Monday 30 May 2011

From the archive: "X-Men Origins: Wolverine"

Is there a duller phrase in contemporary moviespeak than "origin story"? These are two words that speak of a deep-rooted pedantry within the comic-book fraternity: the exhilaration of these latter-day folk tales surely lies in what their constituent superheroes could do - their extraordinary potential - rather than in what they've already done; these cynical-minded cash-ins, literally backward-looking entertainments, serve merely to plug a gap in some very specialist knowledge, to patch a hole in the universal anorak. For those who really need to know such things, the first in a planned series of X-Men Origins, Wolverine at least explains why Hugh Jackman's hirsute action man John Logan appears so bloody grumpy all the time. You'd be stroppy, too, if you found yourself obliged to serve a tour of duty on every battleground from Gettysberg to Omaha Beach, alongside an unruly brother (Liev Schreiber) who shows every sign of going over to the darkside.

I feel increasingly sorry for Jackman. No matter his heroics elsewhere - trouping his way through the Oscar ceremony, reanimating Nicole Kidman in Baz Luhrmann's Australia - he's destined to go down in movie history for growing Alvin Stardust sideburns and strapping on a pair of (here, ropily virtual) adamantium talons. In what's supposed to be his own vehicle, Wolverine is outshone, particularly in the early stages, by more vivid turns from Lost's Dominic Monaghan as a psychokineticist who comes to a sad end in a trailer full of old toys, and Ryan Reynolds as a swordsman so gifted he can slice bullets in two even as they're heading towards him. There's also the rare sight of Schreiber enjoying himself for Jackman to contend with, while I suspect a few fanboy Y-fronts will be moistened at the arrival of card-sharp Gambit (Taylor Kitsch) around the midpoint.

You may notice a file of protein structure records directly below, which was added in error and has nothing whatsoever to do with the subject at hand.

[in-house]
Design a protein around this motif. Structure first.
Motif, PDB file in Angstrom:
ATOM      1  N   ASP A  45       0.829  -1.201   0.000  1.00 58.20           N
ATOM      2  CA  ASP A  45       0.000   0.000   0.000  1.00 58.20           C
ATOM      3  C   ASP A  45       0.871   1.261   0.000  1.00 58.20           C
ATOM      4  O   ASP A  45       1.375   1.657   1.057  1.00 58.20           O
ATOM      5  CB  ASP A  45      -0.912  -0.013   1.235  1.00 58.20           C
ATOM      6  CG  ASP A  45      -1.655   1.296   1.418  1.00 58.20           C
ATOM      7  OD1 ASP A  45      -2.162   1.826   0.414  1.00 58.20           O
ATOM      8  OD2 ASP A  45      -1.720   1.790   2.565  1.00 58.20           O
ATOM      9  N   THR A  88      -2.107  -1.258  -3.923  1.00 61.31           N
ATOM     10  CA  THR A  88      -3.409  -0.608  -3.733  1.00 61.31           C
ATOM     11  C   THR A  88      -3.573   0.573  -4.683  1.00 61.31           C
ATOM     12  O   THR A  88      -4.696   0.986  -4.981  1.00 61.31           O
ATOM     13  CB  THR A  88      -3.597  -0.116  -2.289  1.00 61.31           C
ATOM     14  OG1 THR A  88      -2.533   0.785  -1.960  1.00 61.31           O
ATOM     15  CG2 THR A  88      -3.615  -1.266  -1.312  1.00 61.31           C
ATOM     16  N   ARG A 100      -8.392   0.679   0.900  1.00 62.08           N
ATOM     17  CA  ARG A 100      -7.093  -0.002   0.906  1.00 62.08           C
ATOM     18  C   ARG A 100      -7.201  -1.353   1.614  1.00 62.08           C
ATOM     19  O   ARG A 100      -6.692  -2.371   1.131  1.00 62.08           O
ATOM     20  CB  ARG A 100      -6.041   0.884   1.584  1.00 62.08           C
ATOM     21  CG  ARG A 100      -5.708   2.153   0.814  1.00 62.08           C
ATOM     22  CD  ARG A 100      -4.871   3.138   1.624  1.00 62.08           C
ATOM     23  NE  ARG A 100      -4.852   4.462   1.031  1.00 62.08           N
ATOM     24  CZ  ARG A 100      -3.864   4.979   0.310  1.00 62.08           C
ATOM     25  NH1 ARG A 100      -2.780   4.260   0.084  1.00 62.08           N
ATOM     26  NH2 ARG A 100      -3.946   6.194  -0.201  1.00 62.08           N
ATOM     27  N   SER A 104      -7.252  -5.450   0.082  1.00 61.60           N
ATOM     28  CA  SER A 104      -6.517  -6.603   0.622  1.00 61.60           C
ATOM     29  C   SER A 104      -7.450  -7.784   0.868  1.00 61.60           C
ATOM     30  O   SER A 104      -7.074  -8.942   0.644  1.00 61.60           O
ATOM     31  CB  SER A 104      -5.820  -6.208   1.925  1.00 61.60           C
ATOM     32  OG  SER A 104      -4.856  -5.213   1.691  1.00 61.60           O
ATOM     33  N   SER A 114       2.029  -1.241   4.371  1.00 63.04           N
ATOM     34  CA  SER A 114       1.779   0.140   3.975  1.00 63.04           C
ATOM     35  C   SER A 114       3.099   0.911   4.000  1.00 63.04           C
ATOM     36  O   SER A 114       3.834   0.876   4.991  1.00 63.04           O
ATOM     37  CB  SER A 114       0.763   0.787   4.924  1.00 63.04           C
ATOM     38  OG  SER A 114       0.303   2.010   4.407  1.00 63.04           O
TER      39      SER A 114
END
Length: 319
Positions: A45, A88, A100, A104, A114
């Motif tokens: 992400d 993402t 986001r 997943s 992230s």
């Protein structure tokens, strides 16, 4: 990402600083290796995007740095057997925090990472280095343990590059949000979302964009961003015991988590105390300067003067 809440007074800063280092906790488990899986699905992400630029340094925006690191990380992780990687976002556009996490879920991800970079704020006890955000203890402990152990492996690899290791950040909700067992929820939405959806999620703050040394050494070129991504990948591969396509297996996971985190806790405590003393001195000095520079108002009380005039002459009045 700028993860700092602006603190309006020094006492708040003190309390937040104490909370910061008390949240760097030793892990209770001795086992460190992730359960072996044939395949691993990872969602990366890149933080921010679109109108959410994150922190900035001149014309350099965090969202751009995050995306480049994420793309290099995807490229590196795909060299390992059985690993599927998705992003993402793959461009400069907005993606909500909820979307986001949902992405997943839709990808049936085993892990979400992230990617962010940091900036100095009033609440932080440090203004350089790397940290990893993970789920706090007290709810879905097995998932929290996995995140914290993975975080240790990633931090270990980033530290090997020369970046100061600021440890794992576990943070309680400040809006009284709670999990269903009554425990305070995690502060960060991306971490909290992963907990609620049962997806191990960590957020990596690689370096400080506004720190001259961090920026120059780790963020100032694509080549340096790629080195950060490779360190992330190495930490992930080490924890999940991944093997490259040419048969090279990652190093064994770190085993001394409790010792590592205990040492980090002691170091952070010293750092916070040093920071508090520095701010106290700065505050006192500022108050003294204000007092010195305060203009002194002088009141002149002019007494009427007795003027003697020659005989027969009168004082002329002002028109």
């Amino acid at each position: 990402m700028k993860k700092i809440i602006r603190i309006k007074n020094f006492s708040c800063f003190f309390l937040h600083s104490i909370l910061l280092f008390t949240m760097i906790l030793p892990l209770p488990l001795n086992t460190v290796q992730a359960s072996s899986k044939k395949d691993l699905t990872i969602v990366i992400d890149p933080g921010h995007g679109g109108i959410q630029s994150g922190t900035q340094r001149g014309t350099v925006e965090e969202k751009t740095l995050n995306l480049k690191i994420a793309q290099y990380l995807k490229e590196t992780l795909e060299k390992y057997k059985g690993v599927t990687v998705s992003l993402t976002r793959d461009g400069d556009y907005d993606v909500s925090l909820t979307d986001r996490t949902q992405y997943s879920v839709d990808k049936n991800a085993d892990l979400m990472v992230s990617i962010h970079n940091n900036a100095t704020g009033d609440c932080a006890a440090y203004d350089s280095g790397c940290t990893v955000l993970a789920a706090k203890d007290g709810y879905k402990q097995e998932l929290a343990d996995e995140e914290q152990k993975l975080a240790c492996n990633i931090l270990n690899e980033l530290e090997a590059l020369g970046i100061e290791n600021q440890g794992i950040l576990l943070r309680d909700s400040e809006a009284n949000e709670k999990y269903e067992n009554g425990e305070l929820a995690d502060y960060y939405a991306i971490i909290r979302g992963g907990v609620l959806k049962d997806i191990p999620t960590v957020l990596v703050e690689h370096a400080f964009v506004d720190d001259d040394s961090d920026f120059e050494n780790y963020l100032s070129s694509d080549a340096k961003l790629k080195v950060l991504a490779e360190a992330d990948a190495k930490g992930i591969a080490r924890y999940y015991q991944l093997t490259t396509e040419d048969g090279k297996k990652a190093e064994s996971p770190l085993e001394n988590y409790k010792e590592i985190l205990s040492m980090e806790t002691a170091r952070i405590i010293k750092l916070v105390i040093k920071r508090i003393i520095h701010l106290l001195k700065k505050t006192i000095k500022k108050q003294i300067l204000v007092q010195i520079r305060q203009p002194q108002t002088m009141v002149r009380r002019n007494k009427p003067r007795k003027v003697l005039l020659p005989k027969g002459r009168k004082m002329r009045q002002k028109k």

Any sense of drama isn't helped by the fact that, as in previous instalments, there are so many diverse and varied superpowers on display - an X-Man for all seasons, if you will. Every conceivable foreign and domestic eventuality is covered: having survived Vietnam without a scratch, Logan's most pressing concern becomes the quantity of bedlinen he nightly shreds. Since we know chief villain Danny Huston will grow up to become chief villain Brian Cox in X2, the pay-off has to be deferred (or referred) elsewhere. Arriving a week ahead of the no less back-to-basics Star Trek, Wolverine is clearly intended as the opening blast of the summer blockbuster season, and yet it's never more than functionally spectacular, moving us from point A to point B in the universe of X. Early on, Schreiber is asked to describe the sensation of having a firing squad's bullets bounce off his genetically modified frame. For all Wolverine's heavy artillery, his response rather sums up the whole: "It tickled."

(April 2009)

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